It would be a complete misinterpretation to assume education is something that can be overlooked. Is it not one of the most powerful tools humanity has ever wielded? Our government has been failing us, leaving students and professors to their own devices in a broken system. So, I ask you again, what do we want for the future of Ireland? Is any of this worth investing in? We have the potential to become renowned for our education again. Becoming the best educated country worldwide will not only benefit graduates. Industries will be drawn into Ireland, discouraging our educated from emigrating to find work elsewhere. A better quality of life would become available to everyone in our nation. An investment in education can only create profit.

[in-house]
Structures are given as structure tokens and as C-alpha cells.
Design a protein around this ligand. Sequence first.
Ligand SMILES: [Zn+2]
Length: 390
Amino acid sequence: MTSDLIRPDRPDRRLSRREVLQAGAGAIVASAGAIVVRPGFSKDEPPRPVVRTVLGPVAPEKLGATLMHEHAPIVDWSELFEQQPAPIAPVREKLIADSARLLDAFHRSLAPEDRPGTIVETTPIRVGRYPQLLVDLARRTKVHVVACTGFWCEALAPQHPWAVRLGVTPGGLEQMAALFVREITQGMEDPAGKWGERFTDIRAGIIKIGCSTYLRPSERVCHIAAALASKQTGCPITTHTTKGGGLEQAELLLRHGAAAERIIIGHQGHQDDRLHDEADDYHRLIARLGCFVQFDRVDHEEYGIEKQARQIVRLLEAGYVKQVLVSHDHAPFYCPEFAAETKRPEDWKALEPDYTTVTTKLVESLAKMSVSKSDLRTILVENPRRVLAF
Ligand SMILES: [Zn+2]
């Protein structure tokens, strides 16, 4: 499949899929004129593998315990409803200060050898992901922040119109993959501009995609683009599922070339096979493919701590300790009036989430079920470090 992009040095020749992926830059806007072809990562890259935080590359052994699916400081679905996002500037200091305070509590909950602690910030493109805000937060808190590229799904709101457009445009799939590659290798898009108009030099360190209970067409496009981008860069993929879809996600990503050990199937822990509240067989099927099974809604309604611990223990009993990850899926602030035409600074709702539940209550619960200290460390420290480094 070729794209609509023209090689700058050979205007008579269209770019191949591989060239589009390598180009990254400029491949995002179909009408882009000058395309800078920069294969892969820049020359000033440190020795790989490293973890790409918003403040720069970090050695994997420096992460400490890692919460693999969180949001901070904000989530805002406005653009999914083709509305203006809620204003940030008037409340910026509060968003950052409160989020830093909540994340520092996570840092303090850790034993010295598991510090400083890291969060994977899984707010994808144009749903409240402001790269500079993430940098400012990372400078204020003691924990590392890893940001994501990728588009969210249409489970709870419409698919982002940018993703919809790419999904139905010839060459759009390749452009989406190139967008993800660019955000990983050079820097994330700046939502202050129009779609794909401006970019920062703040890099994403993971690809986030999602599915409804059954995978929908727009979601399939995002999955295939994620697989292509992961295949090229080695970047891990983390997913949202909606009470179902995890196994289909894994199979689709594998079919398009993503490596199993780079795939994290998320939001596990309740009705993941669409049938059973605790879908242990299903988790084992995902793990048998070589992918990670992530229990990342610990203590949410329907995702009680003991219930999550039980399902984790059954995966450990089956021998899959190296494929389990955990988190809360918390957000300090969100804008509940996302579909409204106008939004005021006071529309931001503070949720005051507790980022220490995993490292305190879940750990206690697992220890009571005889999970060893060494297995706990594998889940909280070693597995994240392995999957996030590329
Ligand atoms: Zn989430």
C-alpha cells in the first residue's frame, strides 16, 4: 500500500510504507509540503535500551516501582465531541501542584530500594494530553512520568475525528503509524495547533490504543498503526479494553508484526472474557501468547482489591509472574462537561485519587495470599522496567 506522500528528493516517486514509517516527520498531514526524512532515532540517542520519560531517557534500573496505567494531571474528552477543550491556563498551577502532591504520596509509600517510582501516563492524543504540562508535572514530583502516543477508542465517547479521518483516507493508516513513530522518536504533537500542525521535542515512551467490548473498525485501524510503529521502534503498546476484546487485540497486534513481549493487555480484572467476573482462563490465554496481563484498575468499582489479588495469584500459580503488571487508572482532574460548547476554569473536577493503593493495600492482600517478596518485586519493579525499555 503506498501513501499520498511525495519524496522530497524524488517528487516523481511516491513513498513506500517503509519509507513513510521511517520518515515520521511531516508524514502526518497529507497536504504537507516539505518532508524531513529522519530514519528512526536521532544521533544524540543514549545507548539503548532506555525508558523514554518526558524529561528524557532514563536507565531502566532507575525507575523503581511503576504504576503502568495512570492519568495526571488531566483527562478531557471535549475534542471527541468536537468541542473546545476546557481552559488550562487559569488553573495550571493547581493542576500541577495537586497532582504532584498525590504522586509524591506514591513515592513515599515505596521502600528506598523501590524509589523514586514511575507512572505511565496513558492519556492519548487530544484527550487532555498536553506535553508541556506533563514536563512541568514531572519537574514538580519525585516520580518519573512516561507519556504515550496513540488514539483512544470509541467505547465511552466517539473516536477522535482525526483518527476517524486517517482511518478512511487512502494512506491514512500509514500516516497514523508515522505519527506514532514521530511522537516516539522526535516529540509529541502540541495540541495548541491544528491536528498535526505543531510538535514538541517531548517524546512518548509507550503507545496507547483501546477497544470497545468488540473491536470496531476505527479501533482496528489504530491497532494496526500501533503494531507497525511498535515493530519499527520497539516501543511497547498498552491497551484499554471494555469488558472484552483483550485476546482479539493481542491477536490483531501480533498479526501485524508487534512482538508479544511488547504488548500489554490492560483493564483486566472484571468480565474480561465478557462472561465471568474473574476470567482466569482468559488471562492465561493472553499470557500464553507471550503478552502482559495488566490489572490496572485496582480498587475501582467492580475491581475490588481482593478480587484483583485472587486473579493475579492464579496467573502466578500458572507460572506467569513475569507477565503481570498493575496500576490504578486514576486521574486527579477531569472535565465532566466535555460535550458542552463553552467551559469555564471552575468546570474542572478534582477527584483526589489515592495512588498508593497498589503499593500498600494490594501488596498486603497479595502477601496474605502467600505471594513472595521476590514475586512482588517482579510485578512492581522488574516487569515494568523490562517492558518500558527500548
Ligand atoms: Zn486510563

Malcom X described education as ‘the passport to the future,’ stating that ‘tomorrow belongs to those who prepare for it today.’ To prevent the fallout of our education system, we must start preparation now. The answer to this problem could be locked within the mind of somebody who might not have access to third-level education without it being made affordable to them. If we put restrictions on third level, we are not only depriving a student from an education, but we are also depriving ourselves from the mind of that student.